Columnist image
Pattie Lovett-Reid

Chief Financial Commentator, CTV


The coronavirus has rocked our world. As fear mounts on a personal level with experts emphasizing social distancing, working remotely if possible, washing hands and disinfecting surfaces regularly to name a few, we all are on heightened alert.

There will come a time when we may compound our heath fears with our financial fears, and it is the one-two punch we haven't had to deal with and simply don't have a playbook for.

Small business are struggling and cutting back hours, many part-time employees have been put on notice, and some companies fear it is only a matter of time before they have to shut down due to lack of cash flow and high overhead costs. This is serious, emotional and unpredictable.

So as we all work through this crisis together, I think it’s only prudent to control what you can.

Here are some tips for investors:

1. Be realistic and expect the volatility to continue until we have more clarity around the virus, and the number of cases and fatalities start to subside.

2. Experts are predicting the situation will likely get worse before it gets better. But when it does get better, the markets will likely rally to the upside. The challenge you have is to be patient and understand the fear you are experiencing is real.

3. In 2008 during the financial crisis, markets dropped 50 per cent, and over time came back. However, if you have to sell your stocks to make ends meet, do what you need to do for your family. 

4. Realize when investing in the market, companies that are leaders in their industry, pay a dividend and have strong balance sheets with manageable debt will also get through this crisis.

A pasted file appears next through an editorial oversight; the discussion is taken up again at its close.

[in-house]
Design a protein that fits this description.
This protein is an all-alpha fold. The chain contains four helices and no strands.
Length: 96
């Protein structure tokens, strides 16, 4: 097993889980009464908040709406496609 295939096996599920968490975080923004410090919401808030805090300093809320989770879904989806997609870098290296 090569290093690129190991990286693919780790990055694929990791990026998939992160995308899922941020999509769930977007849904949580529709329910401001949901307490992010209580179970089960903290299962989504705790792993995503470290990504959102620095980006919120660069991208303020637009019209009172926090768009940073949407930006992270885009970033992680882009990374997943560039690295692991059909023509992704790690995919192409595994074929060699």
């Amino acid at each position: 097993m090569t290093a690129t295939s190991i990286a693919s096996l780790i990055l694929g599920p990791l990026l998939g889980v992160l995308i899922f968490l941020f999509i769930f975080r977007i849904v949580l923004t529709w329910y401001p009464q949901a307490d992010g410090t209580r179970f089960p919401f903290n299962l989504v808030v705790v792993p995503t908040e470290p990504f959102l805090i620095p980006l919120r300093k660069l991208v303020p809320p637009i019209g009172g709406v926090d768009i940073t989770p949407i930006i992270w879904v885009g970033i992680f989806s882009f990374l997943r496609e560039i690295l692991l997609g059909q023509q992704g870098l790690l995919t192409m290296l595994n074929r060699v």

On a personal level:

1. Households need to prepare for non-essential services to be on lockdown over an extended period of time. It may not happen but it could.

2. Be razor-sharp on what your expenses are over a two, or maybe three-month period.

3. Pull back on discretionary spending.

4. Get clarity around your company's salary policy if you become ill and have to stay home.

5. Interest rates have been lowered by the Bank of Canada, so get to know your numbers in terms of reduced mortgage payments, loan payments etc. Expect the banks to provide clarity on this in the coming days. You might consider asking for mortgage payment relief for a month to free up cash flow.

6. If you are having trouble making ends meet, reach out to all your creditors and request temporary relief. You are not in this alone.

7. Look to negotiate all contracts and possibly suspend contracts and memberships where you can

8. These are the times when your emergency fund comes into play. Best if never used but invaluable if needed. If you don't have a cash reserve, reach out for a line of credit or use a credit card over a pay day loan, which have huge associated costs.

9. Turn to family for temporary financial help.

10. Try not to panic. Blaming doesn't help, and in crisis, clarity and control over what you can is always better than fear.